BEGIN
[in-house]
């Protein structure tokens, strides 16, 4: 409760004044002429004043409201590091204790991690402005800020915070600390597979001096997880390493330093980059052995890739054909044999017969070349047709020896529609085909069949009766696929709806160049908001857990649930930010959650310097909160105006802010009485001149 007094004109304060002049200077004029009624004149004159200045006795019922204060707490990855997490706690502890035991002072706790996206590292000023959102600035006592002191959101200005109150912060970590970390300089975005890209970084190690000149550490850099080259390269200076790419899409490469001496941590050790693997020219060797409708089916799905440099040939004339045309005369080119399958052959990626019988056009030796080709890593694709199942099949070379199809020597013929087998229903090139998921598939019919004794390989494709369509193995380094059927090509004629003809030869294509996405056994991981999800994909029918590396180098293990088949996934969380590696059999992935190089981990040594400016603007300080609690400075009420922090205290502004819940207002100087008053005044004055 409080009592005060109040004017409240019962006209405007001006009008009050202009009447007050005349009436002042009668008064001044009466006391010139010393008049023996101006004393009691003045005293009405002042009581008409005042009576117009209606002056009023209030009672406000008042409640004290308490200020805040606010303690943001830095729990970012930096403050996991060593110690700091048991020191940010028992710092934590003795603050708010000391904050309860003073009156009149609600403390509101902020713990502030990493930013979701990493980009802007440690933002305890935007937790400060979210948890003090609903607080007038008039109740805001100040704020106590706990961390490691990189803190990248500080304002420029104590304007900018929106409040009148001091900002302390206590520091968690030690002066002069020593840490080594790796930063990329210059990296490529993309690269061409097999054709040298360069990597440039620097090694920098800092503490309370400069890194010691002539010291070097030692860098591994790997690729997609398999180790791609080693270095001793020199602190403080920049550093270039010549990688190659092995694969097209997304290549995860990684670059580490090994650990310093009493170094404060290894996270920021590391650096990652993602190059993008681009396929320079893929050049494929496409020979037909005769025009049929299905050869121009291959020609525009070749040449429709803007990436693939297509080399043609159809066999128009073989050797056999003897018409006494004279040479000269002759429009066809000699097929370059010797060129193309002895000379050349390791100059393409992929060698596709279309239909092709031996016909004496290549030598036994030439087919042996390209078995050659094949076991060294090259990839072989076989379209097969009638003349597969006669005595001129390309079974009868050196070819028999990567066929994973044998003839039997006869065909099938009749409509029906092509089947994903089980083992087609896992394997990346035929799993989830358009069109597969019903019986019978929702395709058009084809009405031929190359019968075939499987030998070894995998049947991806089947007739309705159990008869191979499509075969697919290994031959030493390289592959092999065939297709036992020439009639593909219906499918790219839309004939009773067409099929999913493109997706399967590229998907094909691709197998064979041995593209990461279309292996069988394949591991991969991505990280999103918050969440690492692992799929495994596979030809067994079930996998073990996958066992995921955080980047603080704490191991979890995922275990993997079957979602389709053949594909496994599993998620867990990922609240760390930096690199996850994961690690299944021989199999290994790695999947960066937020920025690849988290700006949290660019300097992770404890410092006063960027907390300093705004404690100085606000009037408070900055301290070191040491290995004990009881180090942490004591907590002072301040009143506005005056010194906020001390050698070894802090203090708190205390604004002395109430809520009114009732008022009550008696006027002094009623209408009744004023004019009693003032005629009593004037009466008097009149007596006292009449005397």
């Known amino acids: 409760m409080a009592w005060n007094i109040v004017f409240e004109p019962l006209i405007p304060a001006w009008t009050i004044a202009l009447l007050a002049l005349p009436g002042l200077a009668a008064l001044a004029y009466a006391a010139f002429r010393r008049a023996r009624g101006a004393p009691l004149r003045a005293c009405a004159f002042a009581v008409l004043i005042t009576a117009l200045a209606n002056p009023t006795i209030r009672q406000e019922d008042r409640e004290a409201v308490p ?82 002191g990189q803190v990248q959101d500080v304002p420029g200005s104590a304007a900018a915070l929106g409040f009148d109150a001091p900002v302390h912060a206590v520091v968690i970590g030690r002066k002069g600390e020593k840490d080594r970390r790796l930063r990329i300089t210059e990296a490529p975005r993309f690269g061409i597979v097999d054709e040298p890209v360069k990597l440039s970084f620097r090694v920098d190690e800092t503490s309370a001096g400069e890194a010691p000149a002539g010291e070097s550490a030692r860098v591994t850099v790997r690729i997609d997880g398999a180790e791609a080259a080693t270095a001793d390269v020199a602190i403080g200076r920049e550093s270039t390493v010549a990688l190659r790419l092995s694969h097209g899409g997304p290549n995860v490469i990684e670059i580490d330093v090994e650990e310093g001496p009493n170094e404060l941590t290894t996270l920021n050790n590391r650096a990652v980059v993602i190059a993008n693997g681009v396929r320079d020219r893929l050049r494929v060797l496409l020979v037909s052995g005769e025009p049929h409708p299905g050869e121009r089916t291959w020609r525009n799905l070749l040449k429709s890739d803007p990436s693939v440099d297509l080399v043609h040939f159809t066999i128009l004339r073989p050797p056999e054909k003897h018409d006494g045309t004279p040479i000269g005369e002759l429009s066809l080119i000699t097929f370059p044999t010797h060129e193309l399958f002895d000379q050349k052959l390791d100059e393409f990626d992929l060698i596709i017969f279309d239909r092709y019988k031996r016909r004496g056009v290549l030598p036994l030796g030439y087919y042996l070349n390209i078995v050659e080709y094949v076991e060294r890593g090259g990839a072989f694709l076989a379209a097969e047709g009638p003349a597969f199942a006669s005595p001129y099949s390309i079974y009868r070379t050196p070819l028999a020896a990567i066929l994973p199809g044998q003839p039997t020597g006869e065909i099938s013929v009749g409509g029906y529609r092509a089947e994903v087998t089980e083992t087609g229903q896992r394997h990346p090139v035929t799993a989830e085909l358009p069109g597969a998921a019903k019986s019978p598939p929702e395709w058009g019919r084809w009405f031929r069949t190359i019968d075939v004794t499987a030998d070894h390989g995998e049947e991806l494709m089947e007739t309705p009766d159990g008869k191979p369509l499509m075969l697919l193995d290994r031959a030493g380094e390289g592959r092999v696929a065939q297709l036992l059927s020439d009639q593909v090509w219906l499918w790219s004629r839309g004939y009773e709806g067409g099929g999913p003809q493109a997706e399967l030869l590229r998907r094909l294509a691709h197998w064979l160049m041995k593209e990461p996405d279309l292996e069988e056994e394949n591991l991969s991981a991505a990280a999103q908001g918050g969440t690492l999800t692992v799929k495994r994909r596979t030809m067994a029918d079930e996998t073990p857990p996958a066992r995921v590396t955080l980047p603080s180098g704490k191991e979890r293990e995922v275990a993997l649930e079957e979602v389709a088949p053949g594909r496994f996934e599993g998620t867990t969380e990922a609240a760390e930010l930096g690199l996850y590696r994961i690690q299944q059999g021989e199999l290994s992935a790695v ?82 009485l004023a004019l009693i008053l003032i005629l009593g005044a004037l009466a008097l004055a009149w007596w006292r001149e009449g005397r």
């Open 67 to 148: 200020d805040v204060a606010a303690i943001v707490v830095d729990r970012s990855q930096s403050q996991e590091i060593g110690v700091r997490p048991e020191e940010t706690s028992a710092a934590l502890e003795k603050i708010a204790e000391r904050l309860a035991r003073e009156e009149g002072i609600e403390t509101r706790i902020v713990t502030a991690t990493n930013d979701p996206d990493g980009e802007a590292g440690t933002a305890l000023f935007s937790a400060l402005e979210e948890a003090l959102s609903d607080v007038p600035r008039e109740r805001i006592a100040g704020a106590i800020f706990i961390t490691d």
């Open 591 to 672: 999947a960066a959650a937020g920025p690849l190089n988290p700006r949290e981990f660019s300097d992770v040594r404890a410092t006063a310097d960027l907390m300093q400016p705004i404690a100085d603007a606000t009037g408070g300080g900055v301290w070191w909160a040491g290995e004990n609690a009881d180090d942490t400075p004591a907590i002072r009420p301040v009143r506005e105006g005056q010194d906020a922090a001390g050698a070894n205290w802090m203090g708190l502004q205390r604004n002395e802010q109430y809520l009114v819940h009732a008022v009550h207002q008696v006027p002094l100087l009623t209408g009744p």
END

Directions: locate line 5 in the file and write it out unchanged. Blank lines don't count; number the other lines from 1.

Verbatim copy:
């Open 591 to 672: 999947a960066a959650a937020g920025p690849l190089n988290p700006r949290e981990f660019s300097d992770v040594r404890a410092t006063a310097d960027l907390m300093q400016p705004i404690a100085d603007a606000t009037g408070g300080g900055v301290w070191w909160a040491g290995e004990n609690a009881d180090d942490t400075p004591a907590i002072r009420p301040v009143r506005e105006g005056q010194d906020a922090a001390g050698a070894n205290w802090m203090g708190l502004q205390r604004n002395e802010q109430y809520l009114v819940h009732a008022v009550h207002q008696v006027p002094l100087l009623t209408g009744p």